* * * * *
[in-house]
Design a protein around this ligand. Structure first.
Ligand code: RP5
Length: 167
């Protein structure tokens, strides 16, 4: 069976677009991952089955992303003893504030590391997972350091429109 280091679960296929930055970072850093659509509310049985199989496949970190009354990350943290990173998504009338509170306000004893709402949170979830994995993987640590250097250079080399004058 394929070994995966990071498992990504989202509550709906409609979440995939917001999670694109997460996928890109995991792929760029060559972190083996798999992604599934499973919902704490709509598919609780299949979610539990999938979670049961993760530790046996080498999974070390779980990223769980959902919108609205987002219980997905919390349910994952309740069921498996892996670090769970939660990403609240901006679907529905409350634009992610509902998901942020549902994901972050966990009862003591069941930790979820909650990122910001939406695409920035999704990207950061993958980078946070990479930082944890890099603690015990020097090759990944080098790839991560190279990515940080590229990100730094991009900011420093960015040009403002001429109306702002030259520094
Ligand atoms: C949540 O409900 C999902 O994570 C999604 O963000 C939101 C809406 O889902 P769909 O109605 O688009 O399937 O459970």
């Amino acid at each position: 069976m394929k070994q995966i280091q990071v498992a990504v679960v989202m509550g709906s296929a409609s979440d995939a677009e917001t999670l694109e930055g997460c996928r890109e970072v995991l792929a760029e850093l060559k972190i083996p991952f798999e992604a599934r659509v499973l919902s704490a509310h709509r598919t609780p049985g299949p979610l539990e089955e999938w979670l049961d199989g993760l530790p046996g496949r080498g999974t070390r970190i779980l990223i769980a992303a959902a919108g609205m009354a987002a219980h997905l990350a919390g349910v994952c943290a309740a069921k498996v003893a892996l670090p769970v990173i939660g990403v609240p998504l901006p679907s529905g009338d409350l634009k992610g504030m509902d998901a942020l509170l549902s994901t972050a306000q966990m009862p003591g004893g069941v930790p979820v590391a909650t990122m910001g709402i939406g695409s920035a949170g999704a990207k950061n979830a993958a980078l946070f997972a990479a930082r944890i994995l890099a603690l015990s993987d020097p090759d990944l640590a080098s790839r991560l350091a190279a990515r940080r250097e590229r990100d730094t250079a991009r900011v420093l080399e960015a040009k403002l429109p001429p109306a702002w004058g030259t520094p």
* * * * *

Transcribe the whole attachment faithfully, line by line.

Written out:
[in-house]
Design a protein around this ligand. Structure first.
Ligand code: RP5
Length: 167
């Protein structure tokens, strides 16, 4: 069976677009991952089955992303003893504030590391997972350091429109 280091679960296929930055970072850093659509509310049985199989496949970190009354990350943290990173998504009338509170306000004893709402949170979830994995993987640590250097250079080399004058 394929070994995966990071498992990504989202509550709906409609979440995939917001999670694109997460996928890109995991792929760029060559972190083996798999992604599934499973919902704490709509598919609780299949979610539990999938979670049961993760530790046996080498999974070390779980990223769980959902919108609205987002219980997905919390349910994952309740069921498996892996670090769970939660990403609240901006679907529905409350634009992610509902998901942020549902994901972050966990009862003591069941930790979820909650990122910001939406695409920035999704990207950061993958980078946070990479930082944890890099603690015990020097090759990944080098790839991560190279990515940080590229990100730094991009900011420093960015040009403002001429109306702002030259520094
Ligand atoms: C949540 O409900 C999902 O994570 C999604 O963000 C939101 C809406 O889902 P769909 O109605 O688009 O399937 O459970």
């Amino acid at each position: 069976m394929k070994q995966i280091q990071v498992a990504v679960v989202m509550g709906s296929a409609s979440d995939a677009e917001t999670l694109e930055g997460c996928r890109e970072v995991l792929a760029e850093l060559k972190i083996p991952f798999e992604a599934r659509v499973l919902s704490a509310h709509r598919t609780p049985g299949p979610l539990e089955e999938w979670l049961d199989g993760l530790p046996g496949r080498g999974t070390r970190i779980l990223i769980a992303a959902a919108g609205m009354a987002a219980h997905l990350a919390g349910v994952c943290a309740a069921k498996v003893a892996l670090p769970v990173i939660g990403v609240p998504l901006p679907s529905g009338d409350l634009k992610g504030m509902d998901a942020l509170l549902s994901t972050a306000q966990m009862p003591g004893g069941v930790p979820v590391a909650t990122m910001g709402i939406g695409s920035a949170g999704a990207k950061n979830a993958a980078l946070f997972a990479a930082r944890i994995l890099a603690l015990s993987d020097p090759d990944l640590a080098s790839r991560l350091a190279a990515r940080r250097e590229r990100d730094t250079a991009r900011v420093l080399e960015a040009k403002l429109p001429p109306a702002w004058g030259t520094p």